The Java language is more powerful than SQL. Java is an object-oriented language, so its instructions (source code) come in the form of classes. To execute Java in a database, you write the Java instructions outside the database and compile them outside the database into compiled classes (byte code), which are binary files holding Java instructions.
Compiled classes can be called from client applications as easily and in the same way as stored procedures. Java classes can contain both information about the subject and some computational logic. For example, you could design, write, and compile Java code to create an Employees class complete with various methods that perform operations on an Employees table. You install your Java classes as objects into a database and write SQL cover functions or procedures to invoke the methods in the Java classes.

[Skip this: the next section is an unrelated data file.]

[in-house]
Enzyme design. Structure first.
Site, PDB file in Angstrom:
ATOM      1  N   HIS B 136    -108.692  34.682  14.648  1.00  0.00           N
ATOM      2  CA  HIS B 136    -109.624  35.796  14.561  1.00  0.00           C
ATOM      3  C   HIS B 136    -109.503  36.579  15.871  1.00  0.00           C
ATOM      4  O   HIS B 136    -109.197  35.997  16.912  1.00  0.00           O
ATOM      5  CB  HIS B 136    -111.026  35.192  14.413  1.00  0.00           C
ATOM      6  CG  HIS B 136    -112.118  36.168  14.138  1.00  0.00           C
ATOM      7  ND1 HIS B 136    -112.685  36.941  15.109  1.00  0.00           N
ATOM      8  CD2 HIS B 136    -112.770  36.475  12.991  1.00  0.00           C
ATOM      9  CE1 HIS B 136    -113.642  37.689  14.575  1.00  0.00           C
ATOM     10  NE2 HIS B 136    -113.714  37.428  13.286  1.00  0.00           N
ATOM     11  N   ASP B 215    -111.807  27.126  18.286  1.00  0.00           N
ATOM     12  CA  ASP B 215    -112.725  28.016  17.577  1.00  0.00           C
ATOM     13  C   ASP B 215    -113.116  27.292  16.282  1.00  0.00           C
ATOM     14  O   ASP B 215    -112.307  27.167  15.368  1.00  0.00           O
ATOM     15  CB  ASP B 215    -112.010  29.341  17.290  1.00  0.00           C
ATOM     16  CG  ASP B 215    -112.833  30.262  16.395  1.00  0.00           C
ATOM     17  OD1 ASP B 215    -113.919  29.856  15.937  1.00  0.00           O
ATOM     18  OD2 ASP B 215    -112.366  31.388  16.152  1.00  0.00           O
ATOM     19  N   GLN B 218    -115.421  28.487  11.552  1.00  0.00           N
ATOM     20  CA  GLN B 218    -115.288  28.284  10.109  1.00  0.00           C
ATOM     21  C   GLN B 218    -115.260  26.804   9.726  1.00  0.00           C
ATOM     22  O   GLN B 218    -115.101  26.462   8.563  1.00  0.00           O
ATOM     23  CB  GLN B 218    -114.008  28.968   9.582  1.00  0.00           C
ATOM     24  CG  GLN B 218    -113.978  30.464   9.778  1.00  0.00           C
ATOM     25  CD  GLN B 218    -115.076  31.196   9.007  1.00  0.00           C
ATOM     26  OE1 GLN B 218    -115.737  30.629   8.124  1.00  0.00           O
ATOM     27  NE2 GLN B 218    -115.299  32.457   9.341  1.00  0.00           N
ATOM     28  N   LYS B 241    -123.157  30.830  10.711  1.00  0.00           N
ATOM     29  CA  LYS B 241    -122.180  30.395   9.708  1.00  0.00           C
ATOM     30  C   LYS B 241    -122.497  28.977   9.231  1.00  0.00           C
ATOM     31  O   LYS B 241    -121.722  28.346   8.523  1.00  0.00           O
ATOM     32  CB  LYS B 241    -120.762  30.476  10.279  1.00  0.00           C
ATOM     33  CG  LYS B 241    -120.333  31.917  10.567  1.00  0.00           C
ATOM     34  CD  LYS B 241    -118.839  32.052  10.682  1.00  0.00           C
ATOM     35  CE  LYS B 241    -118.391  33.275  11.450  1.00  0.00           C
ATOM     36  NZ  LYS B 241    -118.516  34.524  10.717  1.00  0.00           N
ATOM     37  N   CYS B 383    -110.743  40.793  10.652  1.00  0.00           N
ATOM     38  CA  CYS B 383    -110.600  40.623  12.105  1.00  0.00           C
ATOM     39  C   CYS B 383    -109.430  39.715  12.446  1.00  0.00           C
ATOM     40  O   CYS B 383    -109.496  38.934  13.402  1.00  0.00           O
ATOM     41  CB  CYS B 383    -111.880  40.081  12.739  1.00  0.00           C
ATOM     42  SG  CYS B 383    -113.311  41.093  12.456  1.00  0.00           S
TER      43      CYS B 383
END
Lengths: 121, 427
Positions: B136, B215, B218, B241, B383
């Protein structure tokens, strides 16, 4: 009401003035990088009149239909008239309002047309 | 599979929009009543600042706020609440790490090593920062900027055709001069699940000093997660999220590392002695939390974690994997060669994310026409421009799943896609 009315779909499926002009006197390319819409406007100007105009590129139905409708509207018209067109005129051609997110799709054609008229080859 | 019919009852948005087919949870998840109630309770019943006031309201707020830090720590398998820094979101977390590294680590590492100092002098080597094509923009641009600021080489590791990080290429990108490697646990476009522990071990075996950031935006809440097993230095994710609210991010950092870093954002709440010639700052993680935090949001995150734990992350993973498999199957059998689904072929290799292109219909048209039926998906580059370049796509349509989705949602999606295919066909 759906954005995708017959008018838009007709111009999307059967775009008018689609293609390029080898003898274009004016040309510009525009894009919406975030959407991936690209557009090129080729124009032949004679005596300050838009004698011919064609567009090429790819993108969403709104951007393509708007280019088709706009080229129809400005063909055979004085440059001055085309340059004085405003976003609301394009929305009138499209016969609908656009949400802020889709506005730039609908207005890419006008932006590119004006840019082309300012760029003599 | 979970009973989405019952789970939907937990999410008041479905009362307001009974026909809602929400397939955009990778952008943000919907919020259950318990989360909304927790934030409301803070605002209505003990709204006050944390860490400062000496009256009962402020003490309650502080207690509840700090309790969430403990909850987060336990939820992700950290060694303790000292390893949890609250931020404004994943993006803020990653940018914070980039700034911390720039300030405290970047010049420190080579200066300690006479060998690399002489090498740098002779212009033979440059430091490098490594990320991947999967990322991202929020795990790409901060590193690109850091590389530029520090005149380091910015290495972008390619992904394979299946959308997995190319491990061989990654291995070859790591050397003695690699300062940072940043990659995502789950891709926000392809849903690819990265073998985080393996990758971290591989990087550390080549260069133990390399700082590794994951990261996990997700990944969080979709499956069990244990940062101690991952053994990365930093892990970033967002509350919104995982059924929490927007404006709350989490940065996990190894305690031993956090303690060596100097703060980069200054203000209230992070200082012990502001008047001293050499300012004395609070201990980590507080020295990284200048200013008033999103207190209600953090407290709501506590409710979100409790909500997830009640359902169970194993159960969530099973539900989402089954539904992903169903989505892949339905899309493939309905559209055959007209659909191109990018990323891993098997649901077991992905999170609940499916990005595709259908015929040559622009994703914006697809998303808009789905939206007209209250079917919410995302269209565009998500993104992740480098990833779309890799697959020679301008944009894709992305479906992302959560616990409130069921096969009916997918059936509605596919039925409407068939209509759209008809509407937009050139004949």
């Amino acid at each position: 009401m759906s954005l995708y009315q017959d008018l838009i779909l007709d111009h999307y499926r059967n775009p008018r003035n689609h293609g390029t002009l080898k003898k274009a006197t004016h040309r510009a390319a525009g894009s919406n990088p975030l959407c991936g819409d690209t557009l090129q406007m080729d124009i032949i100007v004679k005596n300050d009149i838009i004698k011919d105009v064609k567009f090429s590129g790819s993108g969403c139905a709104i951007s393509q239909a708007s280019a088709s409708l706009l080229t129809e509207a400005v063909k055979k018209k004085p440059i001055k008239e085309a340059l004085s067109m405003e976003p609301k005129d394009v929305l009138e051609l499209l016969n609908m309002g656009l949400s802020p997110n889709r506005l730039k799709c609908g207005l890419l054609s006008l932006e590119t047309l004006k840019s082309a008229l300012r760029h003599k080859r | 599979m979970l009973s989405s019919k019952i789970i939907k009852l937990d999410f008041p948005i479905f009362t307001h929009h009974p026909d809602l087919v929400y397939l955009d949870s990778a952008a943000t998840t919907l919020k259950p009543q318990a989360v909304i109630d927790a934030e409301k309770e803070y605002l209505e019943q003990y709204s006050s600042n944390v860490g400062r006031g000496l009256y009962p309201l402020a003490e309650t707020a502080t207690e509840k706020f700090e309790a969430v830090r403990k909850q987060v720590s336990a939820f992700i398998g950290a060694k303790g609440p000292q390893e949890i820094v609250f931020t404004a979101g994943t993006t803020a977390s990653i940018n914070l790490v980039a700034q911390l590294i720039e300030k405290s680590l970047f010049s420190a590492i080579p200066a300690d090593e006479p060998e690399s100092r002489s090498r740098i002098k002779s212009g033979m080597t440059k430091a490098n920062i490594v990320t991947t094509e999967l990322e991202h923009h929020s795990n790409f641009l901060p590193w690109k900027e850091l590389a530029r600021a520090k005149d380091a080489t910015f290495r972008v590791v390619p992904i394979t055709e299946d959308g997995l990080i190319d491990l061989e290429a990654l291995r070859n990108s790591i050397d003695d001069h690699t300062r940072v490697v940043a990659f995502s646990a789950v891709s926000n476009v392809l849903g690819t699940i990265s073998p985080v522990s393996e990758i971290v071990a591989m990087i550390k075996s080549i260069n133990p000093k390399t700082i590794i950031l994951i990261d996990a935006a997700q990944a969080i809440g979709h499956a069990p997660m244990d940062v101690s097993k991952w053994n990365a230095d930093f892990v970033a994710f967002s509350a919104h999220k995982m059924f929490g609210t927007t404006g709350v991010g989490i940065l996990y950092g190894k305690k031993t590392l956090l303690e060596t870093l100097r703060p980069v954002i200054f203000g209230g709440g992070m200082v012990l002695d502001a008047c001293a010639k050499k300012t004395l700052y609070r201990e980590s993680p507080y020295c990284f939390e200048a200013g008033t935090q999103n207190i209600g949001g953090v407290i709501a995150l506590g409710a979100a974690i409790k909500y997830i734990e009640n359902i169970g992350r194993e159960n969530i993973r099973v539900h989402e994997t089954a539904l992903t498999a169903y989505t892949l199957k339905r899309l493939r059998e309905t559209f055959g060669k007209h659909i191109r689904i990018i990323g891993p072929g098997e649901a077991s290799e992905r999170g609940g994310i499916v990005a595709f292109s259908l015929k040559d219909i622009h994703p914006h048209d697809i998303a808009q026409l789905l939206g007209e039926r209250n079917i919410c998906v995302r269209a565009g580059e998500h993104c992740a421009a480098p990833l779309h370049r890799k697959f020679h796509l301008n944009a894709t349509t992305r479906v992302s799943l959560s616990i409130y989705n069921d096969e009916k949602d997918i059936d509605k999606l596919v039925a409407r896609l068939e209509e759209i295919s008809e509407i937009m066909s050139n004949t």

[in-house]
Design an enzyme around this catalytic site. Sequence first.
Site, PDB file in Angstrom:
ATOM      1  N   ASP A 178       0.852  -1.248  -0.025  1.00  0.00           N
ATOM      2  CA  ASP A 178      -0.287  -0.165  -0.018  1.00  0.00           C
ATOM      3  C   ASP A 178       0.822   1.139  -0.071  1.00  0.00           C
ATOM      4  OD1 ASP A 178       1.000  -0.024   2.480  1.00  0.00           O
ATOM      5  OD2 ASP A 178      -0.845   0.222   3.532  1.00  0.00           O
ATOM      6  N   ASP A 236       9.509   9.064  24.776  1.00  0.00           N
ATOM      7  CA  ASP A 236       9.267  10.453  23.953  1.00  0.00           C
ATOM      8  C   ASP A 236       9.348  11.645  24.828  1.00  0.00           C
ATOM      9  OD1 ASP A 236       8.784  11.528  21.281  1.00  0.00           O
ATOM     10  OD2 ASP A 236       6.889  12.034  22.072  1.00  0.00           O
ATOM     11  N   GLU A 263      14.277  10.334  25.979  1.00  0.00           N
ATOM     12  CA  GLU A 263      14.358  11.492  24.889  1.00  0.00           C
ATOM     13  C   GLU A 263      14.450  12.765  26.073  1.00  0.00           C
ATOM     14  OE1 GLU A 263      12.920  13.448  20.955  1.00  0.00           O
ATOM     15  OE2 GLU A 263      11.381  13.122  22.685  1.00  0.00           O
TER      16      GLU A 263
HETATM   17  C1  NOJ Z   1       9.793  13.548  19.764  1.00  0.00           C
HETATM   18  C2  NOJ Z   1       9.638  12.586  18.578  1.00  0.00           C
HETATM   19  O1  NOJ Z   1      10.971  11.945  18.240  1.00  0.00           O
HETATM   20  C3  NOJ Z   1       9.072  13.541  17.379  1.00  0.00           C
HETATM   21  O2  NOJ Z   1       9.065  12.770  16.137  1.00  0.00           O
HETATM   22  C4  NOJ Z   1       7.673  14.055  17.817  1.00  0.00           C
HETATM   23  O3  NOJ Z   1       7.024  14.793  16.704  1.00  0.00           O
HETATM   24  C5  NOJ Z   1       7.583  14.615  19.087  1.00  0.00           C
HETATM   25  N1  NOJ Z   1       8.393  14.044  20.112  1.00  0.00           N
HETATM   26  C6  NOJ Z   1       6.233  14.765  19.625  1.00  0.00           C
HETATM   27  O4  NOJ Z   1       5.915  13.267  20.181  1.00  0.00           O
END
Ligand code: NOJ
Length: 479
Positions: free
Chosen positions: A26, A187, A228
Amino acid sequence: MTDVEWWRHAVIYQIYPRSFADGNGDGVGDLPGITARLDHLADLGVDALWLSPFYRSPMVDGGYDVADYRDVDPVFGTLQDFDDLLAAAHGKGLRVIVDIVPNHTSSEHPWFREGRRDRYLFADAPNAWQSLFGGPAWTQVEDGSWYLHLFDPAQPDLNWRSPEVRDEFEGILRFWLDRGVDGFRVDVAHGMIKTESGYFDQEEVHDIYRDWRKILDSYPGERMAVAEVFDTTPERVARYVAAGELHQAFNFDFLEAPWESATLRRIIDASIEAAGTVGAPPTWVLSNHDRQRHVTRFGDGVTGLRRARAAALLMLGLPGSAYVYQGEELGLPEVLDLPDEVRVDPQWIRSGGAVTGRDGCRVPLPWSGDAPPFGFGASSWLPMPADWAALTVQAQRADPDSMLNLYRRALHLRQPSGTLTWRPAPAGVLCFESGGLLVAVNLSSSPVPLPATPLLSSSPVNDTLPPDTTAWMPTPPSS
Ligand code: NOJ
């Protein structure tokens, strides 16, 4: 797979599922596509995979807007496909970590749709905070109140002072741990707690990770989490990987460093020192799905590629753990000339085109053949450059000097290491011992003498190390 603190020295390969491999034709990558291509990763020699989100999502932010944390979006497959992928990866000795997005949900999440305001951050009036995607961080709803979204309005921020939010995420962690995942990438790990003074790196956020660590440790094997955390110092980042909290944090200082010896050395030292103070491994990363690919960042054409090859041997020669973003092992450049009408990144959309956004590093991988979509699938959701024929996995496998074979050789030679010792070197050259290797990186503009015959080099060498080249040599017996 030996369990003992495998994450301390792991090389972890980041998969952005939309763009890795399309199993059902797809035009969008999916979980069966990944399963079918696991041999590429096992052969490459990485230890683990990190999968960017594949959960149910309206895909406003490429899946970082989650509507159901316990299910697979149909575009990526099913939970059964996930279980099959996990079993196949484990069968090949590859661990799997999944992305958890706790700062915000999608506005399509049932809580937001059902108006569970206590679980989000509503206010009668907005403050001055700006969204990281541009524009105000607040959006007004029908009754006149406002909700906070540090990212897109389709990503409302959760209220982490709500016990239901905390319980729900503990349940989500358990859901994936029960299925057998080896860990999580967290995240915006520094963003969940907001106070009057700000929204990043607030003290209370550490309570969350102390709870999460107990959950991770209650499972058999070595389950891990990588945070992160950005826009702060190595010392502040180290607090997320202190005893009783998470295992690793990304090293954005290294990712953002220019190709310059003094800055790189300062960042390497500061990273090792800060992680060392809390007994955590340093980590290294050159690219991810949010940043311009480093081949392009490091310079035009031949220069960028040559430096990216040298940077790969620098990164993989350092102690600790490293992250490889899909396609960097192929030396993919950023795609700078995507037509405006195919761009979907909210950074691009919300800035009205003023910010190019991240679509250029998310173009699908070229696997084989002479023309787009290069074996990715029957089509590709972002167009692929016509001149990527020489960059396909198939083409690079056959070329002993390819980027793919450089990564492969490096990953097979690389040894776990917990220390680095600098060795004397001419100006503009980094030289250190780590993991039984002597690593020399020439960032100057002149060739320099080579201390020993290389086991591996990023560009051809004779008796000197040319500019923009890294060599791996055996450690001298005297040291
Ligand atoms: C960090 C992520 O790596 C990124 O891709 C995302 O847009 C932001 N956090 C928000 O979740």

Once installed, you can execute these classes from the database server using stored procedures. For example, the following statement creates the interface to a Java procedure:
CREATE PROCEDURE MyMethod() EXTERNAL NAME 'JDBCExample.MyMethod()V' LANGUAGE JAVA;
SQL Anywhere facilitates a runtime environment for Java classes, not a Java development environment. You need a Java development environment, such as the Java Development Kit (JDK), to write and compile Java. You also need a Java Runtime Environment to execute Java classes.
You can use many of the classes that are part of the Java API as included in the Java Development Kit. You can also use classes created and compiled by Java developers.
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